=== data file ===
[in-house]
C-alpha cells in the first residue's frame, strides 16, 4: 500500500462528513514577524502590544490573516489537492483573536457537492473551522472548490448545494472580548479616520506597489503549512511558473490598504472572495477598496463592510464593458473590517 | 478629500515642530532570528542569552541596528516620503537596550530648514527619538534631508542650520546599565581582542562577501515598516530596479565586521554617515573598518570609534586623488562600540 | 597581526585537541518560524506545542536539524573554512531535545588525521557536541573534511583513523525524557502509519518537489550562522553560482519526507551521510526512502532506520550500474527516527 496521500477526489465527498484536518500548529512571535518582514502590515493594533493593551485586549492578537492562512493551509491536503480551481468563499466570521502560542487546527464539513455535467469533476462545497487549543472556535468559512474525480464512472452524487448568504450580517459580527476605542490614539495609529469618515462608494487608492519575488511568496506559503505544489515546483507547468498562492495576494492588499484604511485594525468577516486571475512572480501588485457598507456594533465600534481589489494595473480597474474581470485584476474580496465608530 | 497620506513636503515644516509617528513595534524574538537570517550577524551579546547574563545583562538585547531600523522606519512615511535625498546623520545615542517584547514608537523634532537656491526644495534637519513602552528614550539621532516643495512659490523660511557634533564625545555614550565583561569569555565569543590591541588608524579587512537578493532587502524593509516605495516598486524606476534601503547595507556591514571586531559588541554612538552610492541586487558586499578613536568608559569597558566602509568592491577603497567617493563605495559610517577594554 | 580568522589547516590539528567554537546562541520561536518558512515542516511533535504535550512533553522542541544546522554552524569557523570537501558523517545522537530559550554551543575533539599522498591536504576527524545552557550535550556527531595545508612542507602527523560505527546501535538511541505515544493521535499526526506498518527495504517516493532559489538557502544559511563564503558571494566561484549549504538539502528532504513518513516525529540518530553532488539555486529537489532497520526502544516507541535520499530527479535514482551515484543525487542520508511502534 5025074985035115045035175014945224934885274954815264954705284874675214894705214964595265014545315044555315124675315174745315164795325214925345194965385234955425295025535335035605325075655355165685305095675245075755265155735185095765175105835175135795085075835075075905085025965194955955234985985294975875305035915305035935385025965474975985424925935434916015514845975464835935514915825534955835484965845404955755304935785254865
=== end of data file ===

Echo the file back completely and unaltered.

[in-house]
C-alpha cells in the first residue's frame, strides 16, 4: 500500500462528513514577524502590544490573516489537492483573536457537492473551522472548490448545494472580548479616520506597489503549512511558473490598504472572495477598496463592510464593458473590517 | 478629500515642530532570528542569552541596528516620503537596550530648514527619538534631508542650520546599565581582542562577501515598516530596479565586521554617515573598518570609534586623488562600540 | 597581526585537541518560524506545542536539524573554512531535545588525521557536541573534511583513523525524557502509519518537489550562522553560482519526507551521510526512502532506520550500474527516527 496521500477526489465527498484536518500548529512571535518582514502590515493594533493593551485586549492578537492562512493551509491536503480551481468563499466570521502560542487546527464539513455535467469533476462545497487549543472556535468559512474525480464512472452524487448568504450580517459580527476605542490614539495609529469618515462608494487608492519575488511568496506559503505544489515546483507547468498562492495576494492588499484604511485594525468577516486571475512572480501588485457598507456594533465600534481589489494595473480597474474581470485584476474580496465608530 | 497620506513636503515644516509617528513595534524574538537570517550577524551579546547574563545583562538585547531600523522606519512615511535625498546623520545615542517584547514608537523634532537656491526644495534637519513602552528614550539621532516643495512659490523660511557634533564625545555614550565583561569569555565569543590591541588608524579587512537578493532587502524593509516605495516598486524606476534601503547595507556591514571586531559588541554612538552610492541586487558586499578613536568608559569597558566602509568592491577603497567617493563605495559610517577594554 | 580568522589547516590539528567554537546562541520561536518558512515542516511533535504535550512533553522542541544546522554552524569557523570537501558523517545522537530559550554551543575533539599522498591536504576527524545552557550535550556527531595545508612542507602527523560505527546501535538511541505515544493521535499526526506498518527495504517516493532559489538557502544559511563564503558571494566561484549549504538539502528532504513518513516525529540518530553532488539555486529537489532497520526502544516507541535520499530527479535514482551515484543525487542520508511502534 5025074985035115045035175014945224934885274954815264954705284874675214894705214964595265014545315044555315124675315174745315164795325214925345194965385234955425295025535335035605325075655355165685305095675245075755265155735185095765175105835175135795085075835075075905085025965194955955234985985294975875305035915305035935385025965474975985424925935434916015514845975464835935514915825534955835484965845404955755304935785254865